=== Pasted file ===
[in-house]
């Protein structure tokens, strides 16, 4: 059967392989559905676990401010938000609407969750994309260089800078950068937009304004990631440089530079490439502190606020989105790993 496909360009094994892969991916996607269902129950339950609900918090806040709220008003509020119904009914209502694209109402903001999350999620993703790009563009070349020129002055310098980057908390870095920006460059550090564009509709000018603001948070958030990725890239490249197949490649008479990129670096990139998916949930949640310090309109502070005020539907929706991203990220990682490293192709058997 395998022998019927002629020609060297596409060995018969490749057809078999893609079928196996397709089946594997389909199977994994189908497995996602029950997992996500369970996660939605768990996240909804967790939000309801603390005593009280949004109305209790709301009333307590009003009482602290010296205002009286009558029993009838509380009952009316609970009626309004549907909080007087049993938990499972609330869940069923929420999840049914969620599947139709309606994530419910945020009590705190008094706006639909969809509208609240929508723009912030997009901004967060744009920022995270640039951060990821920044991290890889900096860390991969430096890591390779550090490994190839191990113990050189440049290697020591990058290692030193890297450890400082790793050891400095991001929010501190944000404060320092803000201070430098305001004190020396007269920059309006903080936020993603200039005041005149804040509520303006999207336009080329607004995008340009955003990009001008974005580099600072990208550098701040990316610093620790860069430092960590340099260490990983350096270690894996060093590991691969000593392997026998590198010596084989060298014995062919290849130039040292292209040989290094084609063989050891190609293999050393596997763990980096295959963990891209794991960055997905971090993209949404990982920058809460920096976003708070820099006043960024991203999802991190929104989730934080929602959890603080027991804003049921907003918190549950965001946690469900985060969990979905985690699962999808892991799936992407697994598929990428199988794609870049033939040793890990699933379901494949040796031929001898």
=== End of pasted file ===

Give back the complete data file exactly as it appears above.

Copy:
[in-house]
């Protein structure tokens, strides 16, 4: 059967392989559905676990401010938000609407969750994309260089800078950068937009304004990631440089530079490439502190606020989105790993 496909360009094994892969991916996607269902129950339950609900918090806040709220008003509020119904009914209502694209109402903001999350999620993703790009563009070349020129002055310098980057908390870095920006460059550090564009509709000018603001948070958030990725890239490249197949490649008479990129670096990139998916949930949640310090309109502070005020539907929706991203990220990682490293192709058997 395998022998019927002629020609060297596409060995018969490749057809078999893609079928196996397709089946594997389909199977994994189908497995996602029950997992996500369970996660939605768990996240909804967790939000309801603390005593009280949004109305209790709301009333307590009003009482602290010296205002009286009558029993009838509380009952009316609970009626309004549907909080007087049993938990499972609330869940069923929420999840049914969620599947139709309606994530419910945020009590705190008094706006639909969809509208609240929508723009912030997009901004967060744009920022995270640039951060990821920044991290890889900096860390991969430096890591390779550090490994190839191990113990050189440049290697020591990058290692030193890297450890400082790793050891400095991001929010501190944000404060320092803000201070430098305001004190020396007269920059309006903080936020993603200039005041005149804040509520303006999207336009080329607004995008340009955003990009001008974005580099600072990208550098701040990316610093620790860069430092960590340099260490990983350096270690894996060093590991691969000593392997026998590198010596084989060298014995062919290849130039040292292209040989290094084609063989050891190609293999050393596997763990980096295959963990891209794991960055997905971090993209949404990982920058809460920096976003708070820099006043960024991203999802991190929104989730934080929602959890603080027991804003049921907003918190549950965001946690469900985060969990979905985690699962999808892991799936992407697994598929990428199988794609870049033939040793890990699933379901494949040796031929001898």